Despite adopting the fantastical name ElectroCult Circus, much of I Wanna Know (I Don't Wanna Know), the new album from the sprawling, eclectic rock collective, finds inspiration in reality. Songs are shaped by tragedy ("Heartgarden" was penned about a friend of the band who died), and, in the case of "Anthills," a general sense of political and social unease.

Despite adopting the fantastical name ElectroCult Circus, much of I Wanna Know (I Don't Wanna Know), the new album from the sprawling, eclectic rock collective, finds inspiration in reality. Songs are shaped by tragedy ("Heartgarden" was penned about a friend of the band who died), and, in the case of "Anthills," a general sense of political and social unease.

"Every morning we rise to the lie that we are separate," the band sings, making allusion to external forces that frequently position humans as combatants rather than entwined threads in society's fabric.

"There's always been that underlying part of me where I want to see things change," said singer/guitarist Casey Ward, who launched the group in 2001 and has been the sole constant in a 15-year run marked by change (the band has included anywhere from three to 11 members over the course of its existence). "When we had three members, I lived in Fort Wayne, Indiana, and we were doing anti-[George W.] Bush shows, and that was a big deal because I was in a very conservative part of the country. So it's always been there."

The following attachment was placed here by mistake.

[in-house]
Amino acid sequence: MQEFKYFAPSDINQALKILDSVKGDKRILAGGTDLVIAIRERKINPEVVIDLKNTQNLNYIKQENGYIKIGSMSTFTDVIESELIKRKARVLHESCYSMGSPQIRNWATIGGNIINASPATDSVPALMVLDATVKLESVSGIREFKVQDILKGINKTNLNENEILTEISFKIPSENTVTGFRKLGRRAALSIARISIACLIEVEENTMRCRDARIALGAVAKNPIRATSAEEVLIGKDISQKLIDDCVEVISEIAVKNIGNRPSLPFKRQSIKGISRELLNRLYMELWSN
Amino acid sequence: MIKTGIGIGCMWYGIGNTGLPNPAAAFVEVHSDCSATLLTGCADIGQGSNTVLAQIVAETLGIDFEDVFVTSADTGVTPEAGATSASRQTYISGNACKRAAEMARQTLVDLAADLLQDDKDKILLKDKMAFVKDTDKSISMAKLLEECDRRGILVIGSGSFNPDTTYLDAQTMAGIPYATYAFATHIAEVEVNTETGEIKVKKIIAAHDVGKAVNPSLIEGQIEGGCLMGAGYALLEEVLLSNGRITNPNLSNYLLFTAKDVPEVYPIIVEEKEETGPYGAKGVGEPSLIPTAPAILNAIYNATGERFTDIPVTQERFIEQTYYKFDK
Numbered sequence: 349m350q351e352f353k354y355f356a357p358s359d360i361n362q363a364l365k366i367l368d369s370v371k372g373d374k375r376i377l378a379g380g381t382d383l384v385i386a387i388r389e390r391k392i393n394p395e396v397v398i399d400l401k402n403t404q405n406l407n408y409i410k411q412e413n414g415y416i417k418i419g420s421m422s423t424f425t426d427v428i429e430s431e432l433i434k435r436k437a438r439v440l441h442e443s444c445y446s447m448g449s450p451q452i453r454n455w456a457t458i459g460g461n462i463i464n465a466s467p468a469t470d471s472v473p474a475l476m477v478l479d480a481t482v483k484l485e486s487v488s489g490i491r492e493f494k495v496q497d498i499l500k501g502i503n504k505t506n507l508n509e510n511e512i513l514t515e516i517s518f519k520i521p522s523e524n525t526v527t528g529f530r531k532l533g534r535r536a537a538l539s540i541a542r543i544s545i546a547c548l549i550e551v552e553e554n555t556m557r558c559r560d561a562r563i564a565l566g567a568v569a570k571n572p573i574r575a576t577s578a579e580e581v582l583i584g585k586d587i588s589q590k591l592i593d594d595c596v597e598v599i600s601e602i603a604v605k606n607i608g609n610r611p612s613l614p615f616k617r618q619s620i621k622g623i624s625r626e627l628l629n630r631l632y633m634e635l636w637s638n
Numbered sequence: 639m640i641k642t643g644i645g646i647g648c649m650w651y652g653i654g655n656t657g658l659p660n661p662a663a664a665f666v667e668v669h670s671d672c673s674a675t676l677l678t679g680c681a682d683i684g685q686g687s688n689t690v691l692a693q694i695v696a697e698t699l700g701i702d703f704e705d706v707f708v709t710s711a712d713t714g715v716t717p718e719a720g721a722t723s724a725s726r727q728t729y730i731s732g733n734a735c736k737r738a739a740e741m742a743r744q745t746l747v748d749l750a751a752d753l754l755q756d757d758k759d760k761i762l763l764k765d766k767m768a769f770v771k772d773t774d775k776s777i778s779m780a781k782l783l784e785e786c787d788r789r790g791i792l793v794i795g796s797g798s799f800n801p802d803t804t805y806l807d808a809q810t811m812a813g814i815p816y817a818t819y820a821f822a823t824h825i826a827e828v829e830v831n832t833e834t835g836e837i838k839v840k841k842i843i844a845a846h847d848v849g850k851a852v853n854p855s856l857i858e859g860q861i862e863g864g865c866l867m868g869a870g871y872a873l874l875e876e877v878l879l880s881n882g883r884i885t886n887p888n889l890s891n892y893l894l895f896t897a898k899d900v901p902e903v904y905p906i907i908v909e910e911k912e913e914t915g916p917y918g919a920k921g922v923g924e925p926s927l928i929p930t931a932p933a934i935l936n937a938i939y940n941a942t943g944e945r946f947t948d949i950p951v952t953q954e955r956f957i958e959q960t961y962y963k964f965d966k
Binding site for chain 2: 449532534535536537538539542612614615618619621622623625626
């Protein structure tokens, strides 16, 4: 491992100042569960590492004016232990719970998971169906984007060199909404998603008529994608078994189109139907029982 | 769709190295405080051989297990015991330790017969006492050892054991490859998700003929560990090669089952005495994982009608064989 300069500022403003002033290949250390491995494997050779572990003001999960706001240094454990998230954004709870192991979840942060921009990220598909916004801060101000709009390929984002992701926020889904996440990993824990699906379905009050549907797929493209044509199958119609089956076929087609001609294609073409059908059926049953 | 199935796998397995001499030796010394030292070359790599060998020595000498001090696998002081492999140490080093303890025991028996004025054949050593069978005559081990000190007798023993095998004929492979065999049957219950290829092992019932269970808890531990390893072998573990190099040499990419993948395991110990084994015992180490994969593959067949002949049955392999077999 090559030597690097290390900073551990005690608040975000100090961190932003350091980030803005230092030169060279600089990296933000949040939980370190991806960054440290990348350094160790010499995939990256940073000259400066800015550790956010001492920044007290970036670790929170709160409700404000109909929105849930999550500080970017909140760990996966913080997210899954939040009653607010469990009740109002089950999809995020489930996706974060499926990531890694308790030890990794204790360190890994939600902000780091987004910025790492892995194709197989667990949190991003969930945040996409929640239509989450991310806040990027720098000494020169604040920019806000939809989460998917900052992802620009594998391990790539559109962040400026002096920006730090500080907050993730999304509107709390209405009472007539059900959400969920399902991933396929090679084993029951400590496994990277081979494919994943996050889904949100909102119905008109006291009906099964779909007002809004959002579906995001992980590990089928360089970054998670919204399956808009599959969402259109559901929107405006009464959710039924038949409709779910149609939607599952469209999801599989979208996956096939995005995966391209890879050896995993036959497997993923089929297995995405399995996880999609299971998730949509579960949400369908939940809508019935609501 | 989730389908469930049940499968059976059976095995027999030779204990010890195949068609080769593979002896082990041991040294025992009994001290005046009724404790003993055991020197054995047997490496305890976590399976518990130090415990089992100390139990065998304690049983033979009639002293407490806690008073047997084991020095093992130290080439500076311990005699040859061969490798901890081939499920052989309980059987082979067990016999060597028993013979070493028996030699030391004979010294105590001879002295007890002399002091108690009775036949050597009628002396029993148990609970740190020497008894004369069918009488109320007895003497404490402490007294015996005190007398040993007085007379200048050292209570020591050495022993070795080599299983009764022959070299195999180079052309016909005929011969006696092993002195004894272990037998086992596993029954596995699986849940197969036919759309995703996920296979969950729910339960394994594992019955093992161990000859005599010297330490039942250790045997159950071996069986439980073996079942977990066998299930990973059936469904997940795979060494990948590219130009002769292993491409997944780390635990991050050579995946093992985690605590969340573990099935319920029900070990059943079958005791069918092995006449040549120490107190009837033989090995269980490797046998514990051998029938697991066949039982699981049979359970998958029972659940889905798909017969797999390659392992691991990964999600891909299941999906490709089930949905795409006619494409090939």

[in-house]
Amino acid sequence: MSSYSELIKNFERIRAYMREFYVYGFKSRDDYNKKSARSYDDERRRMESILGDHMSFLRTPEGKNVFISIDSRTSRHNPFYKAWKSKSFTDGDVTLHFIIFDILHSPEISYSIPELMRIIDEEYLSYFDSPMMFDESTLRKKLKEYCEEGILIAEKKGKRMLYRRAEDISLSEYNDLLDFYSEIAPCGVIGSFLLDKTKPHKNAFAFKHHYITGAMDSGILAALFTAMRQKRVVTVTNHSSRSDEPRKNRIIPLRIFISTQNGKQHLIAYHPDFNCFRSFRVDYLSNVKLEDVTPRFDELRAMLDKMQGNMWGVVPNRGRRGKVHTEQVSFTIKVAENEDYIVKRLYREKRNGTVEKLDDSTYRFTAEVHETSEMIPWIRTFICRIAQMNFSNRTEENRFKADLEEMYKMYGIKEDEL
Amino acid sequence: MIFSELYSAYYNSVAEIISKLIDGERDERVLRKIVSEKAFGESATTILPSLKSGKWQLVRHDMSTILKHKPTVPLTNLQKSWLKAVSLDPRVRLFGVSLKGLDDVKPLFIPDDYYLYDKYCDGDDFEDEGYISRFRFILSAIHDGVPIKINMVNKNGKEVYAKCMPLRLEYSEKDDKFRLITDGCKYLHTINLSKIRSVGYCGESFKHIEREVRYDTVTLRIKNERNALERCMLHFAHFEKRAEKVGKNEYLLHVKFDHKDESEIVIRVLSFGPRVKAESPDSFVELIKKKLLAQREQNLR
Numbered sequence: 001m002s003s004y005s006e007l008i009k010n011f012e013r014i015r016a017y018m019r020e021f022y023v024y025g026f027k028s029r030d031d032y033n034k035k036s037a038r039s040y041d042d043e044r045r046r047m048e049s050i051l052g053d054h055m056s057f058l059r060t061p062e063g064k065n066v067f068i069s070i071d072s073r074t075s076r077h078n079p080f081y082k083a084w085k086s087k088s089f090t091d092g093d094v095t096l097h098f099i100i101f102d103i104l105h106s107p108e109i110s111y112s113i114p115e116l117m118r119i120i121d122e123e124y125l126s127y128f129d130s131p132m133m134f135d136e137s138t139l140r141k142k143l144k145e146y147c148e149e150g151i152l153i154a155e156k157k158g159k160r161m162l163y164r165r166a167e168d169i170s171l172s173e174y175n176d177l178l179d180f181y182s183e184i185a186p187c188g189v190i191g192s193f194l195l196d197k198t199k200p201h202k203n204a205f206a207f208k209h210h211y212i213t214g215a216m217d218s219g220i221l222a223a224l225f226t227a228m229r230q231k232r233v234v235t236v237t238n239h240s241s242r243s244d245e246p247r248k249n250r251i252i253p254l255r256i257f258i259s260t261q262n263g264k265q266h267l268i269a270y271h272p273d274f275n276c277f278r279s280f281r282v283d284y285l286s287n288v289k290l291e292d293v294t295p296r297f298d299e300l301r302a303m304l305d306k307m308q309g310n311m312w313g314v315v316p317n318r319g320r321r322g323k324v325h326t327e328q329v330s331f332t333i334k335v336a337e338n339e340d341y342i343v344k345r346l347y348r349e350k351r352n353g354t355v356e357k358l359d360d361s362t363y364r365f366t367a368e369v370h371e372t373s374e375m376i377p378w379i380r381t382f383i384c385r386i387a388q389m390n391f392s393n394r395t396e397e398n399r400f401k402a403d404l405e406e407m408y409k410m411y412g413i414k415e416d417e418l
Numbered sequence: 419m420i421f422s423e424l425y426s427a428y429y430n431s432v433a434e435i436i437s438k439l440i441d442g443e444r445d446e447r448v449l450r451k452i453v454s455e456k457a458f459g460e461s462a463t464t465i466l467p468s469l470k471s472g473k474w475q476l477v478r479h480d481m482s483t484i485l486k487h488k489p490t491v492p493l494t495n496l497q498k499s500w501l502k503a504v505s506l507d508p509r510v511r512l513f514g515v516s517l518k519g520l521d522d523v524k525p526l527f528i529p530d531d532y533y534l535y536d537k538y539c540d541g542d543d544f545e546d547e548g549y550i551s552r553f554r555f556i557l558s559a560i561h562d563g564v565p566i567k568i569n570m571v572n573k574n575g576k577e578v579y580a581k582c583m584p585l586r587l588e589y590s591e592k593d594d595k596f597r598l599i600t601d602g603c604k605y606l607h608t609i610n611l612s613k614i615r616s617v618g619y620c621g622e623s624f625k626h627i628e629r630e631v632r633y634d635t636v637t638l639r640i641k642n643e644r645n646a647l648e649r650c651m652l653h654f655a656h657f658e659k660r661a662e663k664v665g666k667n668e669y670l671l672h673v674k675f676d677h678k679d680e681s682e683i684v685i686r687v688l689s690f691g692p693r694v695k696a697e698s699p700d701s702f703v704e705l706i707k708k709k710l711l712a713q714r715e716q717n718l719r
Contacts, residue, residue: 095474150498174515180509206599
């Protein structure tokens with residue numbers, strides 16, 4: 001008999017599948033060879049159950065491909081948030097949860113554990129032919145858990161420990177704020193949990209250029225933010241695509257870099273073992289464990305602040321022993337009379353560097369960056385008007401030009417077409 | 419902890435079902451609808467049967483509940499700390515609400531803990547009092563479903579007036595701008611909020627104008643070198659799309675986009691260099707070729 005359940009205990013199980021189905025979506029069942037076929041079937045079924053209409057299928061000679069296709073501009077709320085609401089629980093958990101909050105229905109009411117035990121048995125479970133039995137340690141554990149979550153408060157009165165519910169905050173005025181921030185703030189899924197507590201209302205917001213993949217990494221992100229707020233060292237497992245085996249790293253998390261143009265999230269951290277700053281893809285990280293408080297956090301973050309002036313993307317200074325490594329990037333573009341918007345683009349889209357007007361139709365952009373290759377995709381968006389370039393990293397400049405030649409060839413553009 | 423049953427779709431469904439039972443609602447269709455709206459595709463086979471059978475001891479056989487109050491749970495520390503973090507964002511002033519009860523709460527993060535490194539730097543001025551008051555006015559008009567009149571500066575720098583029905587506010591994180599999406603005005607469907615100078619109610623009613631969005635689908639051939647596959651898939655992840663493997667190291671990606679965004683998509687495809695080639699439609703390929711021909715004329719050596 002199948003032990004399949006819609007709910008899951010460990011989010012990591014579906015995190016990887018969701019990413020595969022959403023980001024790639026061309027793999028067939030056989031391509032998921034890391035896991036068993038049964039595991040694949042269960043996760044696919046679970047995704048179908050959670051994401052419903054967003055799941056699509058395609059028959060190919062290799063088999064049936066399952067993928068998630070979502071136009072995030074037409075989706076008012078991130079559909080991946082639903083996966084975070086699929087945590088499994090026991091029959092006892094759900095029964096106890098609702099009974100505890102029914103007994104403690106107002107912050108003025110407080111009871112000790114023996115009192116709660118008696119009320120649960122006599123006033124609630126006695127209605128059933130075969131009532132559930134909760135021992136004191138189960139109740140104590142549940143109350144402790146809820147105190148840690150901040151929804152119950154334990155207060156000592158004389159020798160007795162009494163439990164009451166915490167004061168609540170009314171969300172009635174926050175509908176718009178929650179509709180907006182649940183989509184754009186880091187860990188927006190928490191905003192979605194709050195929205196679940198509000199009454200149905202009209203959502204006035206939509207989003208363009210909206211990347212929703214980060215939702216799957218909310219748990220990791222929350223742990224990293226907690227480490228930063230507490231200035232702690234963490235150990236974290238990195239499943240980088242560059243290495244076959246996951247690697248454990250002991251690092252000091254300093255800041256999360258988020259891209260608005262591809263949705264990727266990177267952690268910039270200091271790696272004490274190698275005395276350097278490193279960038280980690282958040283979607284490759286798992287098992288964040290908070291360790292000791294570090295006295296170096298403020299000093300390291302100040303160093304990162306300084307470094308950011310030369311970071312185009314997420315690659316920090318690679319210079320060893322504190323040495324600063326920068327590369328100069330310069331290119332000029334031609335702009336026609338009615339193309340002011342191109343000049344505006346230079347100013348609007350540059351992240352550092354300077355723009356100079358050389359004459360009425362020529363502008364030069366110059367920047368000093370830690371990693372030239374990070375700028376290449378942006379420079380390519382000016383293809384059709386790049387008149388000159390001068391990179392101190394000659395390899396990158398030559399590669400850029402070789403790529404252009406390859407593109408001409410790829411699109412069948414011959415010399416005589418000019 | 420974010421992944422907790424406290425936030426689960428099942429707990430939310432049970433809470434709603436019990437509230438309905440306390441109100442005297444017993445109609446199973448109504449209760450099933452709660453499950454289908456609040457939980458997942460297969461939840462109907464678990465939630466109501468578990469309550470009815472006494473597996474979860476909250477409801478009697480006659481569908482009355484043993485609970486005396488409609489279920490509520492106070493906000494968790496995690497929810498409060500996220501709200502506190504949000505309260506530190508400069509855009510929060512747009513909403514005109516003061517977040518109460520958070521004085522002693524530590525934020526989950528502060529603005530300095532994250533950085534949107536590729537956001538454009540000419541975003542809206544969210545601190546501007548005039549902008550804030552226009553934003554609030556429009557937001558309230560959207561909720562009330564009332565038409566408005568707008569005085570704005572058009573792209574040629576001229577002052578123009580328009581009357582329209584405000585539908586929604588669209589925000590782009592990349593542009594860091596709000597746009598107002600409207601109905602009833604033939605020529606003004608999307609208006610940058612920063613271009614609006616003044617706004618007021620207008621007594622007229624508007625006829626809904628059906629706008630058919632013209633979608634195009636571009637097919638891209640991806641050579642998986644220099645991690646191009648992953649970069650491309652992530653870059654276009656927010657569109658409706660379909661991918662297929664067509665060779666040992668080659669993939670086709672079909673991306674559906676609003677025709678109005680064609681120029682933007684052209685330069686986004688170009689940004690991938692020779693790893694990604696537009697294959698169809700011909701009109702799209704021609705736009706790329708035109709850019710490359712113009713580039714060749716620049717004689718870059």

At the same time, Ward is quick to note he doesn't have any real answers - "I'm just pointing out, 'Hey, things kind of suck,'" he said, and laughed - noting the music can also serve a wholly escapist role, or as a means of living in some alternate reality, even if temporarily.

Concerts, in turn, can be surreal, audacious affairs that blend performance, burlesque and comedy. The band's current roster even features a belly dancer, who will perform alongside the standard array of guitarists, percussionists and singers when the crew hits Big Room Bar for a record release show on Saturday, June 11.

"You never knew what the show was going to be, other than it would be something fun and something you hadn't seen before," said Bossy Grrls Pin Up Joint owner Mike Folker, who joined ElectroCult as a guitarist a year ago after existing in its orbit for several years as a producer and occasional contributor.

Musically, I Wanna Know reflects the diversity of the group's lineup, swinging from simmering guitar jams ("White Tornado") to oddball, Ween-esque goofs ("T.M.D."). On "War Is Peace," the bandmates even experiment with spoken word, Folker delivering a beamed-in, "1984"-informed rant atop flowering, watercolor strokes of guitar.

"Nothing's off limits. We can put any random sound in there," Folker said. "There's a song in here … where part of the percussion track is me banging a mic on a table and squeaking a chair. It's a total meritocracy as far as what gets on the record. Whatever's good goes."

And while the band hasn't always functioned so seamlessly in the past - "There have been times where it was hard to go to practice," Ward said - both he and Folker feel as though the collective has hit its stride in recent months.

"I can safely say this is our best group yet," Ward said. "It's the best season of 'SNL' so far."